The Garden Guide

Book: Fragments on the Theory and Practice of Landscape Gardening, 1816
Chapter: Fragment XxvIII. Containing Extracts From The Report On Woburn Abbey.

Bridges and viaducts at Woburn Abbey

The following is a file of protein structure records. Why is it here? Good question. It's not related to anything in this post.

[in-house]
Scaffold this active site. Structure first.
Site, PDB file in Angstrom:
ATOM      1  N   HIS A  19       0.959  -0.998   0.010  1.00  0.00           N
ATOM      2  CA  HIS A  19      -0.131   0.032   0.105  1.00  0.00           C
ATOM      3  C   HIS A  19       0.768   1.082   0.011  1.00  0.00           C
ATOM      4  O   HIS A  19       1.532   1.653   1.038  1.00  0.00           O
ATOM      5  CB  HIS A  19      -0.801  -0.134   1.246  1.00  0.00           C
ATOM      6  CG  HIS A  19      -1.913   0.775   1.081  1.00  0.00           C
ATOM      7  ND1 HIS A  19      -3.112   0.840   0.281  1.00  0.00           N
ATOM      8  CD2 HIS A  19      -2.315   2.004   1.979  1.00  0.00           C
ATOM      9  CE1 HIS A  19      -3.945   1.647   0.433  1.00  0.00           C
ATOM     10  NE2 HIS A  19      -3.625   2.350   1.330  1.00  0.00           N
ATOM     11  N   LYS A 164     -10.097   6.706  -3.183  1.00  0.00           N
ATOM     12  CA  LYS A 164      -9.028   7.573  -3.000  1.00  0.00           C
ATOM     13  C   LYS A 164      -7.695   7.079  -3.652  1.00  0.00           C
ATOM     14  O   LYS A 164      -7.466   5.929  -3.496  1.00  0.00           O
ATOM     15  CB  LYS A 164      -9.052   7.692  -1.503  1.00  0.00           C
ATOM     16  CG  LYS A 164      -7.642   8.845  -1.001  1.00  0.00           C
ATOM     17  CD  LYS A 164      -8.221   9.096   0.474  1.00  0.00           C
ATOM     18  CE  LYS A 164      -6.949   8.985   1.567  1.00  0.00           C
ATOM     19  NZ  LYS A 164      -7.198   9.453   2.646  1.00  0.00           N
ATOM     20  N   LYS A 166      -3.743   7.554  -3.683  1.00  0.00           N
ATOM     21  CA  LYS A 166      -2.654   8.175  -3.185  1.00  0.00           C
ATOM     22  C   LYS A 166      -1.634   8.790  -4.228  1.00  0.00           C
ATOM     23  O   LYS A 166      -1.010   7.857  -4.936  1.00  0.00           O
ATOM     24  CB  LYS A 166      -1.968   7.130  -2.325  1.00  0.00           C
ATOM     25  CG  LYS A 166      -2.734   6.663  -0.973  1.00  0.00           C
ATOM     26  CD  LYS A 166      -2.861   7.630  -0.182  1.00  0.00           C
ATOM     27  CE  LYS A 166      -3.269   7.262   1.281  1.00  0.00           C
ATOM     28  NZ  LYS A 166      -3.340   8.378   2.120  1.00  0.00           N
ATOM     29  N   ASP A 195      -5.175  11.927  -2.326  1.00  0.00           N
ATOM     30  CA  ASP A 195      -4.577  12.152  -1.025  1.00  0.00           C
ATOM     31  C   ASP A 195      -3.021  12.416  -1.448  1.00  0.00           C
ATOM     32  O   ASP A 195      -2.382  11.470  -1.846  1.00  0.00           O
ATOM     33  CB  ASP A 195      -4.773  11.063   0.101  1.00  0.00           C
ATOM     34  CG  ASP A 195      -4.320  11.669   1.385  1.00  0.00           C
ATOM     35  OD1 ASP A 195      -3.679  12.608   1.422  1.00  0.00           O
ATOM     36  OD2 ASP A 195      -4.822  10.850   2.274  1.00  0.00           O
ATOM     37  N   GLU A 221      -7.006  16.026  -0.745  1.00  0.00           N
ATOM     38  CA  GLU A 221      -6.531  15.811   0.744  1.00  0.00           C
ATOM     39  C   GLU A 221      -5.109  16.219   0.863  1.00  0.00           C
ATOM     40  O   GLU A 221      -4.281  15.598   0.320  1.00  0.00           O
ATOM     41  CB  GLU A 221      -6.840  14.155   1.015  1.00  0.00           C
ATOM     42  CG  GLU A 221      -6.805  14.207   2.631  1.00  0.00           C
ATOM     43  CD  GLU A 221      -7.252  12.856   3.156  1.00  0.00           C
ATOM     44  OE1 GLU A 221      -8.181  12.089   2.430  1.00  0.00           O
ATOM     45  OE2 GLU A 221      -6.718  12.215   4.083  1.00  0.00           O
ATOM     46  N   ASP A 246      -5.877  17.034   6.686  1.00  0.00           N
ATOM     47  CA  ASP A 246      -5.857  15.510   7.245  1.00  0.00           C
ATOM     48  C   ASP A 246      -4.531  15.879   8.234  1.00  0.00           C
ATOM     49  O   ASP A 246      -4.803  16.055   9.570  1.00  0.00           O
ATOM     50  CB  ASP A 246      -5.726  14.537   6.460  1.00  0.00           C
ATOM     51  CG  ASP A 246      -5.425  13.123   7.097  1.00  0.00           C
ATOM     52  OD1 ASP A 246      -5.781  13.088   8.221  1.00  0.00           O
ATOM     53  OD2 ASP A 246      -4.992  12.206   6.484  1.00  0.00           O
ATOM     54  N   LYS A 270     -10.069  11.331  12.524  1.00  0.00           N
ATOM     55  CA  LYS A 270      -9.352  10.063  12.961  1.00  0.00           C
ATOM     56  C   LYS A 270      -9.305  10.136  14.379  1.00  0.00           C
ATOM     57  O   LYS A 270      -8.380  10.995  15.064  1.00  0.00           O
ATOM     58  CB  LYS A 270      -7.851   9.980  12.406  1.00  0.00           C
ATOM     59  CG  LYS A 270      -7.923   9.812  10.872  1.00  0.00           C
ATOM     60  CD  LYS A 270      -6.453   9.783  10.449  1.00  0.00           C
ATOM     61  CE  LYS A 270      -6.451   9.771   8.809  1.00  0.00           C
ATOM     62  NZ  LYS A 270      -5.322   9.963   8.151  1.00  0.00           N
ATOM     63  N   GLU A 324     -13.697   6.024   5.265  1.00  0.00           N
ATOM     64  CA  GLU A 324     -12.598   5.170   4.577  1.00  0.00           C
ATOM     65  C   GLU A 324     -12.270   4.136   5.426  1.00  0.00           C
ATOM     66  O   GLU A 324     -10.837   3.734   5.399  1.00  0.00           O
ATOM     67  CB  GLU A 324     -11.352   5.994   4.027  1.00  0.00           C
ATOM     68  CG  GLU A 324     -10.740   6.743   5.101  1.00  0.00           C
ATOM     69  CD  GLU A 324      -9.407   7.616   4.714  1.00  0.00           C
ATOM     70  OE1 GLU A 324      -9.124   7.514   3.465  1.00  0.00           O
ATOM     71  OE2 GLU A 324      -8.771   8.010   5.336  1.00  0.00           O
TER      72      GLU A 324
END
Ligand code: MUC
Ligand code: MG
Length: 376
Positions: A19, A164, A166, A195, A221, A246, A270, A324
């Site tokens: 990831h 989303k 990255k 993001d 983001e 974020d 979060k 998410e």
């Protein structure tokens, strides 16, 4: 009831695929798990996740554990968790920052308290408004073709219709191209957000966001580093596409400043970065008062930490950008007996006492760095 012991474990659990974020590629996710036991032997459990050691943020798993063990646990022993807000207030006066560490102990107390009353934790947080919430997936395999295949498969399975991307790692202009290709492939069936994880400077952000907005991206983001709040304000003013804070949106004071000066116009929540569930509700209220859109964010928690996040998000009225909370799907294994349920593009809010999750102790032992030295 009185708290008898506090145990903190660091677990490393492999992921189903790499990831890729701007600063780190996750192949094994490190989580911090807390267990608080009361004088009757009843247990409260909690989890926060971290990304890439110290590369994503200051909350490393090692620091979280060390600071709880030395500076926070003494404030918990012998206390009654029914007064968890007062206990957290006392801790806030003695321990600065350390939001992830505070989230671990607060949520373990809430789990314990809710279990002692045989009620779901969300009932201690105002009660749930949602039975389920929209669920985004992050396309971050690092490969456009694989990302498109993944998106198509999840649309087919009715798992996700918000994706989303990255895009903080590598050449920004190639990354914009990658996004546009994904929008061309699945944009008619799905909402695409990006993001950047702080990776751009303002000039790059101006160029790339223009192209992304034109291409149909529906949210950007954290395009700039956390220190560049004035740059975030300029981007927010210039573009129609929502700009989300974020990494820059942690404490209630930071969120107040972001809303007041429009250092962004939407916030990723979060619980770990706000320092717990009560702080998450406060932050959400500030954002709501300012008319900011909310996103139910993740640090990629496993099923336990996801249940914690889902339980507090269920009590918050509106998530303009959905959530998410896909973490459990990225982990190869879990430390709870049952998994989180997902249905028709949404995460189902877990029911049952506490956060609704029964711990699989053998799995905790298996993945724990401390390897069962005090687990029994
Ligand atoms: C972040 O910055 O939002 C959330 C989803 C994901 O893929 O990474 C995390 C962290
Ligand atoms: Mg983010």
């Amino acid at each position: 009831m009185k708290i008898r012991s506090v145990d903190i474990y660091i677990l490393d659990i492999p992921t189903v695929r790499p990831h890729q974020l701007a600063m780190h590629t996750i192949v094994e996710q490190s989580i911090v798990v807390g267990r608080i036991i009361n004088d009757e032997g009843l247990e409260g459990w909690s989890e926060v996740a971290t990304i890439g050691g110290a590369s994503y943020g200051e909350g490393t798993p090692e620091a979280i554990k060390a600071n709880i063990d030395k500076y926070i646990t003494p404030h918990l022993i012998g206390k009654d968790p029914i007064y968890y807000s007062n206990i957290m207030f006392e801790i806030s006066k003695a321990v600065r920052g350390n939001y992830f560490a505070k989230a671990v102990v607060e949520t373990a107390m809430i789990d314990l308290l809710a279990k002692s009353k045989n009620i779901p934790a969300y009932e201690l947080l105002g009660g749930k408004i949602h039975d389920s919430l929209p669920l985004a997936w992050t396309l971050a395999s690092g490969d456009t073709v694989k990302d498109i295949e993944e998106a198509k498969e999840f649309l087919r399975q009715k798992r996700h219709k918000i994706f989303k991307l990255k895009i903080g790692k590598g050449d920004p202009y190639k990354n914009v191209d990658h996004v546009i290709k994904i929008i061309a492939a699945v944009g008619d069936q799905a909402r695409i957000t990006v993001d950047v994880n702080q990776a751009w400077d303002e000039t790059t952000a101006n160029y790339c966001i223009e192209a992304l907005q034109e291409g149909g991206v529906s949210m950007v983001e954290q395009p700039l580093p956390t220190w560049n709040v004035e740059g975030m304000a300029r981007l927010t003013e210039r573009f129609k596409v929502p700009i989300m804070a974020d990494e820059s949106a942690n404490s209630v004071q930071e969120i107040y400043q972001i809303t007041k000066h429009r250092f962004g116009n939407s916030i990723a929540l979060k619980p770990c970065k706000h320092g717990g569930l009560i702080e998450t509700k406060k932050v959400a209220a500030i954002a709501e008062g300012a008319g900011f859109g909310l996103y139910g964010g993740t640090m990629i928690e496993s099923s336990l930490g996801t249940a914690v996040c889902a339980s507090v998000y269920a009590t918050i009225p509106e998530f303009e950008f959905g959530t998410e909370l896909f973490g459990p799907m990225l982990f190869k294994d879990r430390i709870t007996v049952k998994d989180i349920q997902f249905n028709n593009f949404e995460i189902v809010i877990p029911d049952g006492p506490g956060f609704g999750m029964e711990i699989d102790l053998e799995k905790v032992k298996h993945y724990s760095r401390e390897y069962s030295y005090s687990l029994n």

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OF BRIDGES AND VIADUCTS. There are two obvious uses for a bridge; the first is, to pass over; the second, to pass under; the first is always necessary, the other only occasionally so, or where the water under the bridge is navigable; yet, self-evident as this fact may appear, we often observe bridges raised so high, as to make the passage over them difficult, when there is no passage under them required; and this is the case with the present lofty bridge at Woburn. The construction of bridges has been so often and so ably discussed, that it is dangerous to attempt anything new on the subject; yet I think such a form, adapted to the purposes of passing over, as may unite strength with grace, and use with beauty, is still a desideratum in architecture. The consideration of this subject has led me to insert the following short digression, which will not, I hope, be deemed wholly irrelevant.